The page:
Within the next few days, Encyclopaedia Britannica will begin to charge US$5 a month, or $50 per year, for access to its online content, according to the company.
The company said in March that it would revert to a fee-based subscription service as part of a restructuring that also included a layoff of 31 percent of Britannica.com Inc.'s workforce and heavy marketing of other pay services, such as BritannicaSchool.com.
"The Encyclopaedia Britannica is an unparalleled reference work, and it's revised constantly by some of the best editors in the world," said Ilan Yeshua, CEO of Britannica.com, in a statement.
Before the launch of Britannica.com, the Chicago-based Encyclopaedia Britannica was available on the Web through Britannica Online. At that time, it cost individuals $5 per month, or $50 per year, and institutions such as colleges and universities paid on average 50 cents per seat. The more seats an institution purchased, the lower the per-seat cost.
In October 1999, Britannica.com was launched and access to the online encyclopedia was free. However, Britannica.com, like other content sites, didn't make enough money from Internet advertising, so the company decided to move back to a fee-for-service model.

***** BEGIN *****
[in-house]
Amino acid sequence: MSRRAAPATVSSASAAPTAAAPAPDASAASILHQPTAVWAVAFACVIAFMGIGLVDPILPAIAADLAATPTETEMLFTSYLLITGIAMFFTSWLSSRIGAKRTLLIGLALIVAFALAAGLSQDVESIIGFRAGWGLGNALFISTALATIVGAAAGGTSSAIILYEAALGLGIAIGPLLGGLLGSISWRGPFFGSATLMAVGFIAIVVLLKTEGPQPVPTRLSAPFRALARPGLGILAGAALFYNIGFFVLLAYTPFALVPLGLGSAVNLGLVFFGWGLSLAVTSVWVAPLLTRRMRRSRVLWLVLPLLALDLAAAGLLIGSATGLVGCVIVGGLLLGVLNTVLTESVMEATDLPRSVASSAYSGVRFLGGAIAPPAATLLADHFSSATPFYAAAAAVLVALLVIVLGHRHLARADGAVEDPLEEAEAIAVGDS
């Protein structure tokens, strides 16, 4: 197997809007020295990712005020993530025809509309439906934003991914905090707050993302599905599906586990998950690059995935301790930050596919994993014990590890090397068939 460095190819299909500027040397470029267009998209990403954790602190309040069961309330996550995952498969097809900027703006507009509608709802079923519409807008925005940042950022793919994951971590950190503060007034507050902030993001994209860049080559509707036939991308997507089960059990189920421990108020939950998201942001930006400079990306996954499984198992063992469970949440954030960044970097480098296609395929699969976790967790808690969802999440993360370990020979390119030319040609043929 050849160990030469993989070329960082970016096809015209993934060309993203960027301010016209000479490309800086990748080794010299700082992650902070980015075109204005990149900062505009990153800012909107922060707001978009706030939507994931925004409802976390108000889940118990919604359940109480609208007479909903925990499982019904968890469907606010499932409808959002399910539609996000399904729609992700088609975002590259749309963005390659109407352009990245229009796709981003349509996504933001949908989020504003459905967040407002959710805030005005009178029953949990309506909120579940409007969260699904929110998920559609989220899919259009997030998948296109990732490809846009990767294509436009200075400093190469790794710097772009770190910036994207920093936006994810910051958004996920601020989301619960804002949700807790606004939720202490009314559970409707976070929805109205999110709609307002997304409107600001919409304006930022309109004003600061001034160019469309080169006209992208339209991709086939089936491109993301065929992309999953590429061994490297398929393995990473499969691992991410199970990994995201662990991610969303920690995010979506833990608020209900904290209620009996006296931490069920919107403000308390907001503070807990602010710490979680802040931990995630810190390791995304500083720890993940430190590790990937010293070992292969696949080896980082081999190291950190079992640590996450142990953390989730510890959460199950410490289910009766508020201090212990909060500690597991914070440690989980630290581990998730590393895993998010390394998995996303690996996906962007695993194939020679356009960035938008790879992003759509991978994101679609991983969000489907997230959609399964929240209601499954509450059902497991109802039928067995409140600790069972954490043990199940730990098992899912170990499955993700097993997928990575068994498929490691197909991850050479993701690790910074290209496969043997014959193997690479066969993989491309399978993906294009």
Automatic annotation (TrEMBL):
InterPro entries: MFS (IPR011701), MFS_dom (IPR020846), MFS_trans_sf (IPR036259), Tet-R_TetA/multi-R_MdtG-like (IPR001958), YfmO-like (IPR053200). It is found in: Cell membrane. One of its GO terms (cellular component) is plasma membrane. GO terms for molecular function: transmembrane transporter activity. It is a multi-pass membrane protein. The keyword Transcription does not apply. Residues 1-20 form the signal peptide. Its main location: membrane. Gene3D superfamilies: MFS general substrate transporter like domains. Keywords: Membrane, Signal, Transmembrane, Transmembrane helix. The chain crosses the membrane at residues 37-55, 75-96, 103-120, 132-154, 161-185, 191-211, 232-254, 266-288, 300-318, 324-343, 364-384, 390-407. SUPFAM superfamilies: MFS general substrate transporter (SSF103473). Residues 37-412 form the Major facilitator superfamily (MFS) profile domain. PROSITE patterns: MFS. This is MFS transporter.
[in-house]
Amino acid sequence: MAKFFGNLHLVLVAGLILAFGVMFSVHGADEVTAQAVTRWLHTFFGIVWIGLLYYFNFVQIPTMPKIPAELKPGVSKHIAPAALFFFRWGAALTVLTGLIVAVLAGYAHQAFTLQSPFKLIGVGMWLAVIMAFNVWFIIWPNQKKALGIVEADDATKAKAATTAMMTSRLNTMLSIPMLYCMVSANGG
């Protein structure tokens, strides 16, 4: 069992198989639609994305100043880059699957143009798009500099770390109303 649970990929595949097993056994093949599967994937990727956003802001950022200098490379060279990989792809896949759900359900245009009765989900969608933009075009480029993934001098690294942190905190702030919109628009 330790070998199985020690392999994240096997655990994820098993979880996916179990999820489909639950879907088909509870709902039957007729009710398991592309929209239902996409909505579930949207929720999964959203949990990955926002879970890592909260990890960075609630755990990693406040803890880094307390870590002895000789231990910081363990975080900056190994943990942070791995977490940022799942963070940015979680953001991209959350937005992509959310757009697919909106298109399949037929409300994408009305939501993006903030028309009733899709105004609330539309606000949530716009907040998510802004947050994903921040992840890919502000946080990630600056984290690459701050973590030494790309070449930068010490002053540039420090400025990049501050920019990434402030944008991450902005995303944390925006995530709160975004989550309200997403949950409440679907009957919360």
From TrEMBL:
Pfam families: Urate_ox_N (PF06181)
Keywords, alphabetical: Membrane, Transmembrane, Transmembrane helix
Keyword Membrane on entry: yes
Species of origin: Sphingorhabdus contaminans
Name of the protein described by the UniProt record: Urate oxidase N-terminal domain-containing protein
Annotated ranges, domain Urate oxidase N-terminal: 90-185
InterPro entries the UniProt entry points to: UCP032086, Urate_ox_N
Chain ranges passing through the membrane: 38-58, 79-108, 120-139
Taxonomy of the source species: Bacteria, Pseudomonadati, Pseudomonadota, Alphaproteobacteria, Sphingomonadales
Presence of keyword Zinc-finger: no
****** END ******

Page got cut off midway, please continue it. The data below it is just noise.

In a statement, the company said Britannica.com will form the basis of the new paid premium service. Later this year, the company said other databases, such as video clips and an encyclopedia for students in grades five through nine, will be added to the premium service.
The new version of the site will provide additional ways for users to navigate the information in the Encyclopaedia Britannica, such as topical browsing and a map browser. The subscription service will be free of banner and pop-up advertising, the company said.